Aid workers want more women in the sector to help stop sexual abuse and exploitation
More women in aid would help sector in 'urgent need of change'
Women working in the humanitarian aid sector are backing urgent and widespread reforms to halt the sexual exploitation of vulnerable people in crisis areas.
Reports in the UN-backed Voices from Syria 2018 telling of abuse prompted UAE charity workers to use International Women’s Day to bring about change.
More women appointed to high-ranking positions would help reforms, they said.
A lack of women working in senior positions and delivering aid is making the problem worse, according to Sarah Brook, 28, who has spent seven years building the Sparkle Malawi foundation to develop a community project working with orphans and school there.
“Sexual harassment is occurring everywhere we look today, but there are certain sectors that are more exposed, specifically those dealing with vulnerable people,” said Ms Brook, who was named 2017 humanitarian of the year at the World of Women Film Fair awards in Dubai.
“We need to tackle the root causes of these endemic problems. This starts by encouraging more women to get involved in the charity sector and be positioned in these developing countries. How many of these cases involve women as the perpetrator?”
Since examples of sexual exploitation by aid workers were exposed last month, UK charity watchdog the Charity Commission has received safeguarding incident reports from 26 charities.
So far, charities have admitted to the UK’s Department
for International Development that 80 more sexual harassment cases are being investigated.
“As chief executive of a small charity I have seen and experienced first-hand sexual harassment and assault,” Ms Brook said. “People are discouraged from complaining. Some of my own community members in Malawi did not think even rape was wrong.
“In a male-dominated industry, there is a common fear that if people speak the truth, the reputational damage to agencies will lead to a loss of funding.”
A fully independent regulator to carry out spot checks on charities and aid organisations is one suggested way to help clean up the sector, along with a clear line of reporting for misconduct concerns.
One refugee camp showing good practice, according to the head of a UAE cancer charity, is the Emirati-Jordanian Mrajeeb Al Fhood refugee camp.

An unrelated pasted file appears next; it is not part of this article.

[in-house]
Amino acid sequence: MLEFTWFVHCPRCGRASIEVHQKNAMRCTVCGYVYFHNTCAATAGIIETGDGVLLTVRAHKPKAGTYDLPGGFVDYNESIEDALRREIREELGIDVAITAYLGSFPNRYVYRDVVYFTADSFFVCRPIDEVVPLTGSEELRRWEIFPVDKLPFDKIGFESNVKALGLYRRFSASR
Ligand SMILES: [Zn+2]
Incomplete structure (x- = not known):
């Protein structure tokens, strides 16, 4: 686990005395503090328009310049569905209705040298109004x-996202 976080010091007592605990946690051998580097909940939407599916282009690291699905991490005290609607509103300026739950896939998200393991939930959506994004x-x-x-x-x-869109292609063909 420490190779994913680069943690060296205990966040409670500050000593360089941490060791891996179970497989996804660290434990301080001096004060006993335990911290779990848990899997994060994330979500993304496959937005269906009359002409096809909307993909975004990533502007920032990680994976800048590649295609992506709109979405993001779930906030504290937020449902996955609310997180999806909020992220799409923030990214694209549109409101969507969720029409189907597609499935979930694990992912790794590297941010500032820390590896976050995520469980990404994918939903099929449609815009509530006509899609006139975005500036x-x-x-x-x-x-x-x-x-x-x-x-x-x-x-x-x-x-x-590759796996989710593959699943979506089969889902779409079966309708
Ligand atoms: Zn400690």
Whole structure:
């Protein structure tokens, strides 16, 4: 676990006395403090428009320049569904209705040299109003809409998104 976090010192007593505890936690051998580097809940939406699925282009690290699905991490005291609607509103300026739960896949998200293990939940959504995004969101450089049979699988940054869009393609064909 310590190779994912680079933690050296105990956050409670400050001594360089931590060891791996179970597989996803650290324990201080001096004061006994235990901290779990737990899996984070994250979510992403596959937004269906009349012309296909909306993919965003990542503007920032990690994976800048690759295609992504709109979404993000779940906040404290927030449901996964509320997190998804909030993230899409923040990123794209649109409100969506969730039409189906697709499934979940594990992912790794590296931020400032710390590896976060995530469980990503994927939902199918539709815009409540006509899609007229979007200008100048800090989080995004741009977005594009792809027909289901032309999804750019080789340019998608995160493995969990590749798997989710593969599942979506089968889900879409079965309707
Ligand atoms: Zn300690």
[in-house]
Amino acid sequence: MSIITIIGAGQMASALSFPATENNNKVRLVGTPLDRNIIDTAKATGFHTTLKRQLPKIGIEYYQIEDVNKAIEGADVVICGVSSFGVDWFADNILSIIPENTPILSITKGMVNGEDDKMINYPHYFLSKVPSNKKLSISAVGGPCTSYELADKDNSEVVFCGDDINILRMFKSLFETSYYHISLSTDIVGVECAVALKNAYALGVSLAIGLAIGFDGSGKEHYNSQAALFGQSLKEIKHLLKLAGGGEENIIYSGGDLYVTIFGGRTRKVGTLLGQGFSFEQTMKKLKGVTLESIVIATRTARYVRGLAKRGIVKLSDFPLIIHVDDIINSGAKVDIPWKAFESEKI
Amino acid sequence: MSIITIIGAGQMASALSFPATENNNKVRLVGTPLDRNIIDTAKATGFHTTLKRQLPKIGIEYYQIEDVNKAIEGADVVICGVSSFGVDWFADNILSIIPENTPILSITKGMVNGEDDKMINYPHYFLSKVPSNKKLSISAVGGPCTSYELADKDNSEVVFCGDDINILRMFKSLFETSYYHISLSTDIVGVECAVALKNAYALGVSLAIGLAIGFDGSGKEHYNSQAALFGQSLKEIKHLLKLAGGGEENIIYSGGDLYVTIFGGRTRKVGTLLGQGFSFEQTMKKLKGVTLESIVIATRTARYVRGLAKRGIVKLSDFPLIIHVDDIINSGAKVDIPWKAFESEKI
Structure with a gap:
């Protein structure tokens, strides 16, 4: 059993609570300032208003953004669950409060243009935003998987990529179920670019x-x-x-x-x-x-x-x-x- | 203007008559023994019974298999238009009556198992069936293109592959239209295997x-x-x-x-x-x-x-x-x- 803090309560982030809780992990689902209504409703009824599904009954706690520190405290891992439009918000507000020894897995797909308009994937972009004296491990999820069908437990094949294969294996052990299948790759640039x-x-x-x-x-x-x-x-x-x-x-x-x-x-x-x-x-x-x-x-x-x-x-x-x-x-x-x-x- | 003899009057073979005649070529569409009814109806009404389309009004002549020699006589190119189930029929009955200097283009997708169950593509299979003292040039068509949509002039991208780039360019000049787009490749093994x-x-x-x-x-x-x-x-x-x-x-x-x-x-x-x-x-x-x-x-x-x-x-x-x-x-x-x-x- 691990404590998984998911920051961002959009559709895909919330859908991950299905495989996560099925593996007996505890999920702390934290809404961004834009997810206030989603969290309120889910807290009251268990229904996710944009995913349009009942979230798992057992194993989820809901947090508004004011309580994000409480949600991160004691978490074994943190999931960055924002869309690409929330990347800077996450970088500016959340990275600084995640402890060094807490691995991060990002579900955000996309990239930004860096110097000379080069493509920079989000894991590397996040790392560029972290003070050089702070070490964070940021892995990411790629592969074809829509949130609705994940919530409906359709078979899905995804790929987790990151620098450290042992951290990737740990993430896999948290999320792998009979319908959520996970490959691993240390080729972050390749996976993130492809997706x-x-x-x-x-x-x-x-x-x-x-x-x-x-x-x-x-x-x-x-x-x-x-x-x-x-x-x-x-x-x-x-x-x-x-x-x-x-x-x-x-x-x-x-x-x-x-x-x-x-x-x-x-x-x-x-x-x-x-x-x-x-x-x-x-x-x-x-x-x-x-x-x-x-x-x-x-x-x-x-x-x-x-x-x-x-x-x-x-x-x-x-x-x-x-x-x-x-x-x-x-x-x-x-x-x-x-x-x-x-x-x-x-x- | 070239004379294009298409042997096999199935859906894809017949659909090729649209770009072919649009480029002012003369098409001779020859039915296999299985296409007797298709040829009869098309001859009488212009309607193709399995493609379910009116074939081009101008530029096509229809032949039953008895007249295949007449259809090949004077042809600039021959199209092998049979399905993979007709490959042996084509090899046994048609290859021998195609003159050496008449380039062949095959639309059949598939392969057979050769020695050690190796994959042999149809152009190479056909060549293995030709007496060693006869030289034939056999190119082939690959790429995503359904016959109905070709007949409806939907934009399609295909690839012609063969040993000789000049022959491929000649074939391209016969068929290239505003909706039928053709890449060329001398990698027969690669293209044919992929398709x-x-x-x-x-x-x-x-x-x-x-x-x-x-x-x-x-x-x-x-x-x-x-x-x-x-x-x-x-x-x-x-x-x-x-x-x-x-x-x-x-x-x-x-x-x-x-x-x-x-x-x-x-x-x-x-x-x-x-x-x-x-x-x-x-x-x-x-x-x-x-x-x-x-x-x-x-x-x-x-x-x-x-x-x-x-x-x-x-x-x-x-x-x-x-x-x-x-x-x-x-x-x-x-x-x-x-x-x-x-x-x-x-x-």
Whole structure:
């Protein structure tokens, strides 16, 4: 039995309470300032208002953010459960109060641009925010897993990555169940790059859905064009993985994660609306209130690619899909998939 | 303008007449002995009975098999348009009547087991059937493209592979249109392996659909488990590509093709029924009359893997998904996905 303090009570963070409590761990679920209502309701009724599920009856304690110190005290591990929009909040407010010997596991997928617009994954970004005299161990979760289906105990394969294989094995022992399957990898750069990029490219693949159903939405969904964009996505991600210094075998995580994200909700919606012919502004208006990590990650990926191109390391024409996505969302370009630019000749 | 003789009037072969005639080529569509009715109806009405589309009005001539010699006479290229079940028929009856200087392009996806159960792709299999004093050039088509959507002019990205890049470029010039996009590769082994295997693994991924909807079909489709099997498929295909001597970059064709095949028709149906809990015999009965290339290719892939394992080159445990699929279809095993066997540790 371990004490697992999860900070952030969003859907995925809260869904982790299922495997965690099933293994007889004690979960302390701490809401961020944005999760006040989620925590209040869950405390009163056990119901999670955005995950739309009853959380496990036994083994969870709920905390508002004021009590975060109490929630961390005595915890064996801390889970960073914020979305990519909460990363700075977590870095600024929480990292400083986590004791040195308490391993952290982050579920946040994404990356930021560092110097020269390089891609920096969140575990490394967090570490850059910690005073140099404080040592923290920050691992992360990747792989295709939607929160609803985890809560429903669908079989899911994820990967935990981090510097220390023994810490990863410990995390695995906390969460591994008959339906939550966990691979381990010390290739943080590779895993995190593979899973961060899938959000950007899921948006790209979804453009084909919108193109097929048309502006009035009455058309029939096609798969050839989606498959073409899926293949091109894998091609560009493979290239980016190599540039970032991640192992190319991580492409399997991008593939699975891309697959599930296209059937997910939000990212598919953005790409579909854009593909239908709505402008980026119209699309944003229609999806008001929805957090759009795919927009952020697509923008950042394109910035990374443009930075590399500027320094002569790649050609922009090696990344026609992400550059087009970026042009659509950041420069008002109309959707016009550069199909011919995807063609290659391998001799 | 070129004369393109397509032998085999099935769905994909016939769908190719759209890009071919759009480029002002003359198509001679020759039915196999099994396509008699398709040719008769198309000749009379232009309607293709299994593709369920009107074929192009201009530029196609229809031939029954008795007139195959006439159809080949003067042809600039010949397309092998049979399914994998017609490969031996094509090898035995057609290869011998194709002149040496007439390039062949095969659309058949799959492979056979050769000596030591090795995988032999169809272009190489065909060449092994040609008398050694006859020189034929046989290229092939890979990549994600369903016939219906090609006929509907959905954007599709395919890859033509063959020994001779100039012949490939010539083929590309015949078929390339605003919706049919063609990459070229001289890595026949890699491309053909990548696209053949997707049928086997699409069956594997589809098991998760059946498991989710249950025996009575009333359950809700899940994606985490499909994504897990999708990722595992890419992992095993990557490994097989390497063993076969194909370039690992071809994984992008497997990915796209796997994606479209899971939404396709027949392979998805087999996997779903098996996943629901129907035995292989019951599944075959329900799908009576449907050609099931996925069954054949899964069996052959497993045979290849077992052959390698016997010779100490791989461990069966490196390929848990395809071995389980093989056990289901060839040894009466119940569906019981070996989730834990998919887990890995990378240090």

Nora Al Suwaidi, director general of the Cancer Patient Care Society – Rahma in Abu Dhabi, recently visited the camp for Syrians fleeing the civil war.
“The kids seemed happy and well behaved, it was my first visit to a camp like this,” she said.
“It was mainly men who were delivering help at the camp. Apparently there are women working with the Emirates Red Crescent, but they were not there during our visit.”
In another area, the Za’atari refugee camp in Jordan, half of the population is comprised of women and girls, yet 76 per cent of cash-for-work opportunities targeted men before a UN Women’s intervention.
UN Women has since designed a female-focused cash-for-work programme as part of its Oasis safe spaces.
It is now the largest female-focused cash-for-work programme in Za’atari camp, where 87 per cent of those reached are women. “Mothers and women are the teachers in communities,” Ms Al Suwaidi said.
“If more women are there to address these communities and in positions of responsibility, we will see more progression in culture and well-being.”
According to UN Women, about 35 per cent of women worldwide have experienced physical or sexual violence, and gender-based violence increases in conflict settings.
More than 70 per cent of women in some crisis settings have suffered gender-based violence.
Former Costa Rica ambassador to the UN, Laura Thompson, now deputy director general of the International Organisation for Migration, said aid organisations do not have access to the intelligence required to check the background of every aid worker.
“Very often in emergencies you need a surge of people and you do not have the time to do the necessary checks,” she said. “It needs to be approached differently, with people on lists available to help in emergency situations who have been previously checked.
“We are all absolutely committed to eliminating this type of behaviour, but we have to be realistic – you cannot avoid some of these people entering aid organisations for the wrong reasons,” Ms Thompson said.
“Protection of whistle blowers is important, but you have to create an environment in which these behaviours are totally unacceptable.
“The majority of aid organisations, like mine, have internal justice systems that are extremely cumbersome.”
The UN Population Fund said women and girls face a significantly increased risk of unwanted pregnancy, gender-based violence, STIs and maternal mortality during conflict and displacement. Ms Thompson would like to see more women in senior roles in the sector, but admits it is a wider reflection of society.
“Humanitarian aid is traditionally a male-orientated field,” she said.
“There is a certain reluctance from women to take up these roles. A male circle is difficult to break – but that is the same for many industries.
“Women are willing to take the same risks as men, they are just as committed.
“The problem arises when experienced women start families, leaving a generation gap of women who should be going for senior positions.
“Organisations need to look at the make-up of selection panels. Like men, women can be extremely professional, but also extremely human.
“Refugee camps are very male-orientated environments. There is a big advantage in the contribution women make, but very often they are operating under a man.”